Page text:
Noel Ignatiev

One of the principal tasks of the historian is to periodize. Mike divides the history of STO into three periods, a workplace-organizing period, an anti-imperialist solidarity era, and a direct-action, tendency-building phase. While I might still label the periods differently, I think on the whole he gets it right, thereby providing a necessary tool for analysis. I shall direct my remarks to the first of these, and conclude by posing some questions.

STO's line on workplace organizing and its experience in implementing it were, and in my opinion remain, the most distinctive and valuable aspect of its history. It is that aspect, more than anything else, which justifies John Garvey's description of STO as “the single most remarkable political organization of its era.”

STO had about forty members in Chicago and northwest Indiana in the early 1970s. It included people in heavy and light industry, in hospitals, in unionized and non-unionized workplaces, and some unemployed. They were organized in three branches, largely geographically-based; one of the branches, as I recall, took on political work in the military, although not as its exclusive focus. Although many of the members had campus backgrounds, I don't recall any students. Among them the forty were situated well enough that they naturally heard about and were able to connect to virtually any workers' uprising that took place. Perhaps the biggest tribute to STO's work was the report, which we heard through the grapevine, that the CP was concerned about our growing influence.1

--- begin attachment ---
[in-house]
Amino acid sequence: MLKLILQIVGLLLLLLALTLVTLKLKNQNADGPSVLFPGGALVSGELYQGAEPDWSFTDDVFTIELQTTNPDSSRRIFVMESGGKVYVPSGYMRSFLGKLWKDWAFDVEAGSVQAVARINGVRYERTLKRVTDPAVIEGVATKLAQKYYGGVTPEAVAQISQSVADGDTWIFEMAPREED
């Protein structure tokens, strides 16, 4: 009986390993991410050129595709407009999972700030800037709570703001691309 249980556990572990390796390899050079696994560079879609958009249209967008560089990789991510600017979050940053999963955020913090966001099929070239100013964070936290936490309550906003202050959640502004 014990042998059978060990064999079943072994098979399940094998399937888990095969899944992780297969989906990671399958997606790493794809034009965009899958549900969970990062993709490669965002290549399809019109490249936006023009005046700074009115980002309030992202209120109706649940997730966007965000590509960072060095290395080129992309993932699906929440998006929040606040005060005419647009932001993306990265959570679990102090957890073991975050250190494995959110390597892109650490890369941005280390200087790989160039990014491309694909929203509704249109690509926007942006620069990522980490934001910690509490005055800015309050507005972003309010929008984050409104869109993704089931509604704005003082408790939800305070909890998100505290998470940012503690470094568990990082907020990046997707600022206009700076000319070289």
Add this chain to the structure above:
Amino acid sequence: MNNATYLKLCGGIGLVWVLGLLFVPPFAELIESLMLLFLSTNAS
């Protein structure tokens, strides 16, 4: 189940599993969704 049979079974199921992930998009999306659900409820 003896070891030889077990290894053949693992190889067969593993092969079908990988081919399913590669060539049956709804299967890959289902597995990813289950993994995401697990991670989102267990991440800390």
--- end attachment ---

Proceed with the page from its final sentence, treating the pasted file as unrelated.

Briefly put, STO saw itself and sought to act as the organization of the anti-white- supremacist workers councils.2 Given the American context, “anti-white-supremacist” and “workers' councils” were necessarily linked.3 But the joining of the two created problems. The greatest sympathy for extra-unionism was among black workers, and the greatest clarity on the role of unions was among black revolutionaries.4 For reasons that have been widely discussed, most black revolutionaries at the time were committed to building all-black organizations. We in STO respected that, but whether we did or not, their commitment to that path cut down on our ability to gain members from among the pool of experienced black revolutionaries who shared our politics, and condemned us to being an organization mainly of “white” people. It was a paradox we would strive to live with, but it was never easy.5

My aim in writing these comments is not to tell war stories; Mike recounts some, and some are reflected in the sample of shop papers and leaflets published as an appendix to Workplace Papers. (Although Workplace Papers is online at the STO Digital Archive, the appendix is not; I am willing to copy and send it out electronically to people who write and ask me to do so.) I hope the renewed interest in STO reflected in Mike's book and this symposium will persuade someone to make available more of the shop papers and leaflets than the few reproduced in the appendix. Those interested in learning more should get in touch with veterans of those years and get them to tell their stories while they are still able.

My aim in writing this comment is to reflect upon the lessons of my experiences in STO, and to pose some questions. I shall do this in a series of numbered points. Never in my life have I gained such a political education as I did in the years 1970 to 1975:

1. STO developed its members' ability to distinguish one political line from another in practice.

2. It examined and decided tactics on the basis of strategy.

3. It stressed the need to seek out and debate the programmatic implications of theoretical differences, and to search for the theoretical roots of programmatic differences.

4. It encouraged its members to engage positions at their strongest points, and to eschew demagogy.

Those were some of the things I learned in the first five years of STO.6